Peregrine Farm News Vol. 10 #5, 2/14/13

What’s been going on!

Wow! Insanely busy two weeks with 14 different meetings, workshops and classes to teach, can’t wait for the growing season to kick in so I can have some time off.  The conference last Friday on farming strategies for climate change was an all-day affair and the most interesting part for me was the State Climatologist’s talk about what we might be seeing here in the next 50 years.  In many ways it was reassuring to hear his (and the climatology communities) best guess of weather to come.  The bottom line is that the southeast has always had wild swings in weather and that will continue with events becoming more intense.

From a growing standpoint while the fall first frost date appears to be moving back (creating a longer growing season) the last frost in the spring will not really be any earlier but there will be longer warm periods in early spring followed by frosts which is not a good sign for fruit producers who will lose blooms to the freezes.  While less sure, it looks like we will have a small increase in rainfall but in more intense storms with longer dry periods in between making water holding capacity (ponds, etc.) and the ability to irrigate critical.  Of course we will be having hotter summers with more days over 90 and warm nights that will affect both the plants and the farmers.

These are all things we have been seeing and adapting to for at least a decade and it is also reassuring to know that we have the tools in our reach to help manage the changes to come in long term ways like irrigation, crop diversity, good soil management practices and short term protections like high tunnels, shade cloth and row covers.  There will certainly be changes here on the farm in the crops and varieties we grow and when we grow them and there are other unknowns we will have to deal with in new insects and diseases but that is just a regular part of farming.  If you are interested here is a link to the extensive, just released, USDA report- Climate Change and Agriculture in the United States: Effects and Adaptation.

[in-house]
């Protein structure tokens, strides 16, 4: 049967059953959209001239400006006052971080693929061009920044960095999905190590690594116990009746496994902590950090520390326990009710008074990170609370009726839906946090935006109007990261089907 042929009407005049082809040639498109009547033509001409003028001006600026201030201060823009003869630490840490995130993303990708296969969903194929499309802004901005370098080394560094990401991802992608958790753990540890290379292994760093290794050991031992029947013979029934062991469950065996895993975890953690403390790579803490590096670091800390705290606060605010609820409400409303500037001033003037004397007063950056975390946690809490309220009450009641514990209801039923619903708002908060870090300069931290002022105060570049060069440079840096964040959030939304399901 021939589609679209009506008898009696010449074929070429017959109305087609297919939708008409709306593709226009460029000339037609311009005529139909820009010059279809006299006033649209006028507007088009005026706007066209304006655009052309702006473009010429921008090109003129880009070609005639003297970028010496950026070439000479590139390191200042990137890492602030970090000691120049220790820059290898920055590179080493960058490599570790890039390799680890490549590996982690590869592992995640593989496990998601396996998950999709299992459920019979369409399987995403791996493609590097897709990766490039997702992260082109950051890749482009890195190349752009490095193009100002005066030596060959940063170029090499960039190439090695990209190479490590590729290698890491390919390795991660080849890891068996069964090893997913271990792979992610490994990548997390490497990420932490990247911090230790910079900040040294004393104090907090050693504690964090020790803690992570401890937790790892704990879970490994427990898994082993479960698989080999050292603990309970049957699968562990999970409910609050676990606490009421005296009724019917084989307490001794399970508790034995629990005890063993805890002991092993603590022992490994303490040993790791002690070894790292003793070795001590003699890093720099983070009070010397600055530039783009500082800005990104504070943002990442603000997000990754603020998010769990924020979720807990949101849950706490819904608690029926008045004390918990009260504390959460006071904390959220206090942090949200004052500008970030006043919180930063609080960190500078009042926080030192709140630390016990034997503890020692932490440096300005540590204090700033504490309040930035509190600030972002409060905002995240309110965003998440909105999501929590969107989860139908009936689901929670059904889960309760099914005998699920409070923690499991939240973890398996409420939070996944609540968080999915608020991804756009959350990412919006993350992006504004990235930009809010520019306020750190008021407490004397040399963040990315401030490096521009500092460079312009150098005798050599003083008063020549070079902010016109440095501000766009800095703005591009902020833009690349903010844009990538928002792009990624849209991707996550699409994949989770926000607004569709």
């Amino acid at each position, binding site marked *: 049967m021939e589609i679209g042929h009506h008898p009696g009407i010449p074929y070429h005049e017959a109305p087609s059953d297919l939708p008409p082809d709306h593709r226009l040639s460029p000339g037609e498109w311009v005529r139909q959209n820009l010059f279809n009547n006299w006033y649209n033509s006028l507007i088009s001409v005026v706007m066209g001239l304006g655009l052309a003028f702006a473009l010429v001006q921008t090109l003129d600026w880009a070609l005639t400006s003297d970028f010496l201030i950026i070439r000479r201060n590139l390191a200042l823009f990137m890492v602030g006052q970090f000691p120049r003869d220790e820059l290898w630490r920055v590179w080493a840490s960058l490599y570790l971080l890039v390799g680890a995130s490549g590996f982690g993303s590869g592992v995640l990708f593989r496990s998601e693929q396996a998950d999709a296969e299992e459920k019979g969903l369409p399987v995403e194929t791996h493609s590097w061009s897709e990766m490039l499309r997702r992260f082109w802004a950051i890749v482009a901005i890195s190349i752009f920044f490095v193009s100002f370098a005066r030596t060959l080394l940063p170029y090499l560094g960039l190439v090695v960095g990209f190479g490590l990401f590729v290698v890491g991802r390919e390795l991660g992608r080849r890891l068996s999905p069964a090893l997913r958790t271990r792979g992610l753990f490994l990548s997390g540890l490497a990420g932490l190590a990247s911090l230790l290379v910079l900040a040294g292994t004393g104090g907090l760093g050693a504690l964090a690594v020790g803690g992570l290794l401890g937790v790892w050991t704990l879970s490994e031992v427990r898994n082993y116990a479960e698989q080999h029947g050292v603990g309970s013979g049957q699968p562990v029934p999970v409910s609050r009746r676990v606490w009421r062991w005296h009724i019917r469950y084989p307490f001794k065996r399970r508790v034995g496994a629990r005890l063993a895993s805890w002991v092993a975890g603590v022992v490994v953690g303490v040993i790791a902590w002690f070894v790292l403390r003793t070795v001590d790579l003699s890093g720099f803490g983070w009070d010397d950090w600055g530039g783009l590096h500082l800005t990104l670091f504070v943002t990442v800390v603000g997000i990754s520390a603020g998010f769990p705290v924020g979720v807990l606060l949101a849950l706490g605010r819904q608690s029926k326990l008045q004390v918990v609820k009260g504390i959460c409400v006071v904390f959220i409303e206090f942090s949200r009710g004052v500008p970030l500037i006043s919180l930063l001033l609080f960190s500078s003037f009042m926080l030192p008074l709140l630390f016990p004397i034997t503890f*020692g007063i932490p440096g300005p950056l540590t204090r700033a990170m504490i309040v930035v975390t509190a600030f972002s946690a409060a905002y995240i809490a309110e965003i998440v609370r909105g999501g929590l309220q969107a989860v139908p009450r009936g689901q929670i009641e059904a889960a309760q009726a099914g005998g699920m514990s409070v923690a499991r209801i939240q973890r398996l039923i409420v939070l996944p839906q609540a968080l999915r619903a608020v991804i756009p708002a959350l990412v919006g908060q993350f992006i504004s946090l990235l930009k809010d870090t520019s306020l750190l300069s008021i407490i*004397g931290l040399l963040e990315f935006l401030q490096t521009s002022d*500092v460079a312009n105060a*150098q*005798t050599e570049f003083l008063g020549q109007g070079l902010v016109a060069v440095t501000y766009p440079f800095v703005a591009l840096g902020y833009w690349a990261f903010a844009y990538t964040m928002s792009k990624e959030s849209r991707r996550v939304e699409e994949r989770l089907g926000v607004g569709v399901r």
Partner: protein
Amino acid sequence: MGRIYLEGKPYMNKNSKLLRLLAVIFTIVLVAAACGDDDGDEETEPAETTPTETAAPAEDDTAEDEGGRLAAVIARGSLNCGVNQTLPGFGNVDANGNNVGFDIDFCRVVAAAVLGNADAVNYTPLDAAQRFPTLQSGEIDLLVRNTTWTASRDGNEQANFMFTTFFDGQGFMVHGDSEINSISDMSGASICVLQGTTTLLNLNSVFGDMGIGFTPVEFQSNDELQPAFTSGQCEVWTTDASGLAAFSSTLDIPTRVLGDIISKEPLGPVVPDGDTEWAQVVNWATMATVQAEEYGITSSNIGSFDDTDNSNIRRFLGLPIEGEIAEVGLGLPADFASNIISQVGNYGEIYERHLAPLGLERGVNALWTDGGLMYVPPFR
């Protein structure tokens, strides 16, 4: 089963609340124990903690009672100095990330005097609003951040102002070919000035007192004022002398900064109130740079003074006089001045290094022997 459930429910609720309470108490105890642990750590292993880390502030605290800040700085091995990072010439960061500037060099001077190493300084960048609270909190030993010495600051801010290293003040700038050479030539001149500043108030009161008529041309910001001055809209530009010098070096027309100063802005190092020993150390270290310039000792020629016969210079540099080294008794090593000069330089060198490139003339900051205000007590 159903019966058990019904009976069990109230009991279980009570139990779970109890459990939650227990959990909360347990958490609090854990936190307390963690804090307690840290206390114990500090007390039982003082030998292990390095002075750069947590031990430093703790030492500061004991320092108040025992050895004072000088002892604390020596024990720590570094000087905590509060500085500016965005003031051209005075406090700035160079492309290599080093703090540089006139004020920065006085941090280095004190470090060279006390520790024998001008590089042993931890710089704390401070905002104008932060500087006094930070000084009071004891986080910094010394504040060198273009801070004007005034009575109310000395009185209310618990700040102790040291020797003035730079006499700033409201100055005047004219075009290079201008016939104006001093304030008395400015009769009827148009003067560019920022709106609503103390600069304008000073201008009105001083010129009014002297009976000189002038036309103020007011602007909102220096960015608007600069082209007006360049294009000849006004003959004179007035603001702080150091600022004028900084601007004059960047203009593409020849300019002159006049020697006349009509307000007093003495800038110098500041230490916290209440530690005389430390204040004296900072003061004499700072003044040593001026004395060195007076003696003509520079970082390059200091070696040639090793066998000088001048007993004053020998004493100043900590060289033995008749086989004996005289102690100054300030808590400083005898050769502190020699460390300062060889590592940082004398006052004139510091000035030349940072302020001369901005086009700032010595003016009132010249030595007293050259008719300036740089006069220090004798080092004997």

Picture of the Week

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Cover crops turned under getting ready for lettuce planting

What’s going to be at the market?

Another cool day on Saturday but clear.

It’s the really deep winter selection now and all great soup ingredients.  The winter potato- Jerusalem Artichokes (Sunchokes).  A little more Spinach.  Maybe a bit of Lacinato Kale but for sure beautiful tender and sweet Collards.  Still plenty of sweet Carrots.

More and more of the brilliant and amazing Anemones, a must for brightening up winter.

As a reminder if there is anything that you would like for us to hold for you at market just let us know by e-mail, by the evening before, and we will be glad to put it aside for you.

Hope to see you all at the market!

Alex and Betsy

If you know folks who you think would be interested in news of the farm then please feel free to forward this to them and encourage them to sign up at the website.

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